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Cattle and sheep farmers’ opinions on the provision and use of abattoir rejection data in the United Kingdom
  1. James Hanley,
  2. Amelia Garcia-Ara and
  3. Wendela Wapenaar
  1. School of Veterinary Medicine and Science, University of Nottingham, Sutton Bonington, UK
  1. Correspondence to James Hanley; svyjrh{at}nottingham.ac.uk

Abstract

Background Communication between farmers and veterinary surgeons is reported to differ when involving abattoir rejection data on cattle or sheep.

Methods Using surveys, distributed online and on paper at livestock markets, this study describes the interest and positive opinion of a sample of UK cattle and sheep farmers in receiving abattoir data.

Results Forty-nine per cent of respondents always received abattoir data (n=37/76). Over 80 per cent of respondents were interested in all suggested rejection conditions and particularly liver fluke and respiratory conditions. Eighty-two per cent of farmers were willing to share data with their veterinary surgeon as the information could be used to inform health plans.

Conclusion The study findings indicate that having an accurate and consistent data system, which is easily accessible to farmers and veterinary surgeons, appears an essential next step to improve the use of existing abattoir data and enhance animal health, welfare and production.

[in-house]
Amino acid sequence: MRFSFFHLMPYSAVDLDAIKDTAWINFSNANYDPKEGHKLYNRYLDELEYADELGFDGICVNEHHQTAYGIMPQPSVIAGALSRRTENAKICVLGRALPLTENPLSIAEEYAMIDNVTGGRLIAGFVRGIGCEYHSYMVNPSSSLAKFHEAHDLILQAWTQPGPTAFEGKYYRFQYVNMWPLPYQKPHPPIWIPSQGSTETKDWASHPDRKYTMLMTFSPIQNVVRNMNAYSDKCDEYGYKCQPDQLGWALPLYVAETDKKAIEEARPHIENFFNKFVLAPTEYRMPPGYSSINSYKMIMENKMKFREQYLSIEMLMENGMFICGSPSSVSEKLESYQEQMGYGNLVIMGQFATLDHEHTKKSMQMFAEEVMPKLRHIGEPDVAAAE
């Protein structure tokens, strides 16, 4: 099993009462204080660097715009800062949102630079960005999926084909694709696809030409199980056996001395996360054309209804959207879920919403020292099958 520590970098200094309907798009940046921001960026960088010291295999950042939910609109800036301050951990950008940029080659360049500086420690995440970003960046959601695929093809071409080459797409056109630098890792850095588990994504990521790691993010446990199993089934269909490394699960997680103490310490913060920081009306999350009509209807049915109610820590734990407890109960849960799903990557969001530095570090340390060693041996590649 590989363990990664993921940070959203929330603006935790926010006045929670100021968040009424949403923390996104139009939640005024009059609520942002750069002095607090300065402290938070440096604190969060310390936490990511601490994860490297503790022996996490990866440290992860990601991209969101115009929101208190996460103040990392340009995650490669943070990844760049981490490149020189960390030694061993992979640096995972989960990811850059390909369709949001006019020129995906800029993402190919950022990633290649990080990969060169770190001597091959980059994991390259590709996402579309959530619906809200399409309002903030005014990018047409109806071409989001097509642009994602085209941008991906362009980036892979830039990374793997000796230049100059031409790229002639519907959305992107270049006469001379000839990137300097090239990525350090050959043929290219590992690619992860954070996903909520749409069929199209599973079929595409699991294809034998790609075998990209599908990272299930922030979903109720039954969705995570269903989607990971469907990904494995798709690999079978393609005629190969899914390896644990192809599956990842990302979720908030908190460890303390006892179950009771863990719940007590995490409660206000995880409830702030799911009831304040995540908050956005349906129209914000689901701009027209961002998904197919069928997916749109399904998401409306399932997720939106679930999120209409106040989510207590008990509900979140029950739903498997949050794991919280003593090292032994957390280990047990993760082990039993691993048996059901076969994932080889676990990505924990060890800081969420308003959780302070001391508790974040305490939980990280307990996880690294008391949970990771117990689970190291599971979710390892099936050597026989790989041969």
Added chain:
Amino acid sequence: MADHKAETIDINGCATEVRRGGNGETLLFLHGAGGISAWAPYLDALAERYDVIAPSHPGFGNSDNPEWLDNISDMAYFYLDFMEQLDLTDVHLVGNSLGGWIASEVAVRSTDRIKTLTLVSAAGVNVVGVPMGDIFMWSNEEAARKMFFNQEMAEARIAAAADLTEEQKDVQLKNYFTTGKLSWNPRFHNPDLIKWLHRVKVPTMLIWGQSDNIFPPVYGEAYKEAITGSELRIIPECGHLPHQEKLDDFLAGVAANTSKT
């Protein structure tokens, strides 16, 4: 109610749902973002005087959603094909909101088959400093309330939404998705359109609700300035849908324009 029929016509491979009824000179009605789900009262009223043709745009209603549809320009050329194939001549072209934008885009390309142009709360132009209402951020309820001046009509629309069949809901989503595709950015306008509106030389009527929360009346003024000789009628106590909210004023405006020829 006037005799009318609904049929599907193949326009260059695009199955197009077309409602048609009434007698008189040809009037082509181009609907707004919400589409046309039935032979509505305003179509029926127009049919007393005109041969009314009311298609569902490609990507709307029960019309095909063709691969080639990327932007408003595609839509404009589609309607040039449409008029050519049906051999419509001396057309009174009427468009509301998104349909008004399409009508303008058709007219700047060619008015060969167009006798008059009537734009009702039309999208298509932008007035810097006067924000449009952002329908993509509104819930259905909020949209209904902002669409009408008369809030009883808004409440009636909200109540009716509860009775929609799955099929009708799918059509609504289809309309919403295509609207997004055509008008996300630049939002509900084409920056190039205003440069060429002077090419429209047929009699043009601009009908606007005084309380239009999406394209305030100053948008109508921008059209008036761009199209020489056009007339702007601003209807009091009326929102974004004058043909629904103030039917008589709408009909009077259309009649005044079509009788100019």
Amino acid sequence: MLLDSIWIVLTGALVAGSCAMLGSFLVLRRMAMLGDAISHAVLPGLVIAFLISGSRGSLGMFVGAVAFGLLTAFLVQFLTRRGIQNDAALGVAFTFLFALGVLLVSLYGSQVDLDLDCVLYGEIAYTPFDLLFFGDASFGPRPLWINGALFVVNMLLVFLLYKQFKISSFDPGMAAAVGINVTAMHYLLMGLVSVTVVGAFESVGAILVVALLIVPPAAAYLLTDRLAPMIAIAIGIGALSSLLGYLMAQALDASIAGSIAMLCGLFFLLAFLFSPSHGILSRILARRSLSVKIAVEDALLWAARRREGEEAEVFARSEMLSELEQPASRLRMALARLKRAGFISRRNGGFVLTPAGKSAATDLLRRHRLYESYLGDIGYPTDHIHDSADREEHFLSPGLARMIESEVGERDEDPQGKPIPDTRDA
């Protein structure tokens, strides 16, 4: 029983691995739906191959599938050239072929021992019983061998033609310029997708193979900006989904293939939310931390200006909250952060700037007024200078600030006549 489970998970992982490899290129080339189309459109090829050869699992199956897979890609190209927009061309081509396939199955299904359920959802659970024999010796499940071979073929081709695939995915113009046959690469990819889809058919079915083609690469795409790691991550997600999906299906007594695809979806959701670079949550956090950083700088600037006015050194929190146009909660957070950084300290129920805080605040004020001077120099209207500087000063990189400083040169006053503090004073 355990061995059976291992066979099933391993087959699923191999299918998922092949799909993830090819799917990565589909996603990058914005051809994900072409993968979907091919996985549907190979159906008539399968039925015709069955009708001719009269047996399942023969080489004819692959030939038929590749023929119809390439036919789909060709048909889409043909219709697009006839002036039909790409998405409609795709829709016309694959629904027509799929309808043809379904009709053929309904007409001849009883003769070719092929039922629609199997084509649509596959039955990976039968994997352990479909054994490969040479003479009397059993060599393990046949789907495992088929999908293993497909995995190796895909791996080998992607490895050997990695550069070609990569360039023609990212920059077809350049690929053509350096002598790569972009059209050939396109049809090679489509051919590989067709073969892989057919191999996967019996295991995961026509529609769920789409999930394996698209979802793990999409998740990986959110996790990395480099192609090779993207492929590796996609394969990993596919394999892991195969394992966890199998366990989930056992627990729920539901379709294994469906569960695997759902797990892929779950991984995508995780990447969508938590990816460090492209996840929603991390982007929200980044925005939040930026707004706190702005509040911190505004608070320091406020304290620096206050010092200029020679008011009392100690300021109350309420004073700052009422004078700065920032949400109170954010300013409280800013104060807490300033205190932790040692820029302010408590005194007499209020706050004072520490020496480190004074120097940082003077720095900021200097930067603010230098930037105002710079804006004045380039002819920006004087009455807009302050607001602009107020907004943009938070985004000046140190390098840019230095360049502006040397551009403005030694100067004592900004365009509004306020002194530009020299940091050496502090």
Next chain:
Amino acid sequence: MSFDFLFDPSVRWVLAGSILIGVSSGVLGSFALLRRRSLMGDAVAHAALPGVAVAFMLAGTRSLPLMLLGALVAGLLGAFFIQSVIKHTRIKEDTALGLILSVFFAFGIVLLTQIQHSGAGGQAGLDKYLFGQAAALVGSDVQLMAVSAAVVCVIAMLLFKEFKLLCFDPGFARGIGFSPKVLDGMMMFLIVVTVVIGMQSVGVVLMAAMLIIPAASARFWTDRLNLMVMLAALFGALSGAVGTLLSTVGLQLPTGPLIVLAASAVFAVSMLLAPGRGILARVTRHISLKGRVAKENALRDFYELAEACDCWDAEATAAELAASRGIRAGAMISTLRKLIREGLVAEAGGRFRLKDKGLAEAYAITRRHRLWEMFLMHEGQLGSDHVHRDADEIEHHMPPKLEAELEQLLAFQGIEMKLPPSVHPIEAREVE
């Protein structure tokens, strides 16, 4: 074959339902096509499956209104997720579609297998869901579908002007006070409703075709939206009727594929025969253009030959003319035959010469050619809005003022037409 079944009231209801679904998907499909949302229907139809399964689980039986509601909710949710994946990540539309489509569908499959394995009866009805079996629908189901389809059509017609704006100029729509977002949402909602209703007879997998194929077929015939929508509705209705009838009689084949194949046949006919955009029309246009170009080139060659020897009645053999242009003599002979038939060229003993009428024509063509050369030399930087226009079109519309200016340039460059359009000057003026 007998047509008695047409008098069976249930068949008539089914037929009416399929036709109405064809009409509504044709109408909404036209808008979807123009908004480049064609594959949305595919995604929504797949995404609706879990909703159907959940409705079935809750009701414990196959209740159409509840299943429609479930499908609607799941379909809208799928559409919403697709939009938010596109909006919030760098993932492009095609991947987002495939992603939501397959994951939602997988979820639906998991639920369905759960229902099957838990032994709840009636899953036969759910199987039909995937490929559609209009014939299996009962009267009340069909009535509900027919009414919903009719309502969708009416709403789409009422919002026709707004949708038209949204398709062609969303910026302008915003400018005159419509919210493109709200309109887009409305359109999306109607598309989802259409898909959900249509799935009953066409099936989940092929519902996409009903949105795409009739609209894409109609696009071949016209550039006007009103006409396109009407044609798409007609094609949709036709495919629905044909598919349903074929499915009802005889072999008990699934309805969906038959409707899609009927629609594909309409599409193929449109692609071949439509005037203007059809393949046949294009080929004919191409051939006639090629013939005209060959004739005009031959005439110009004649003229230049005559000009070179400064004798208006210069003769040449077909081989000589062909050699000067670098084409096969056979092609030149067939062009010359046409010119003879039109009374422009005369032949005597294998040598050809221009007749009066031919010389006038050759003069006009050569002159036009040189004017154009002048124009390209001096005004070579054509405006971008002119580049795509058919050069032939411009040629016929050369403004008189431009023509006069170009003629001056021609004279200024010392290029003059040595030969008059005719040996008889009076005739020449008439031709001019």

• abattoir rejection data
  • health plans
  • official veterinarian
  • farmer opinion
  • cattle and sheep welfare
  • communication
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Footnotes

  • Twitter @wenwapenaar

  • Funding This study was funded by the School of Veterinary Medicine and Science, University of Nottingham, UK.

  • Competing interests None declared.

  • Ethics approval Ethical consent was received from all respondents before completing the survey, and ethical approval was granted by the School of Veterinary Medicine and Science, University of Nottingham, UK, before data collection (project ID: 2797190729).

  • Provenance and peer review Not commissioned; externally peer reviewed.

  • Data availability statement Data are available upon request.

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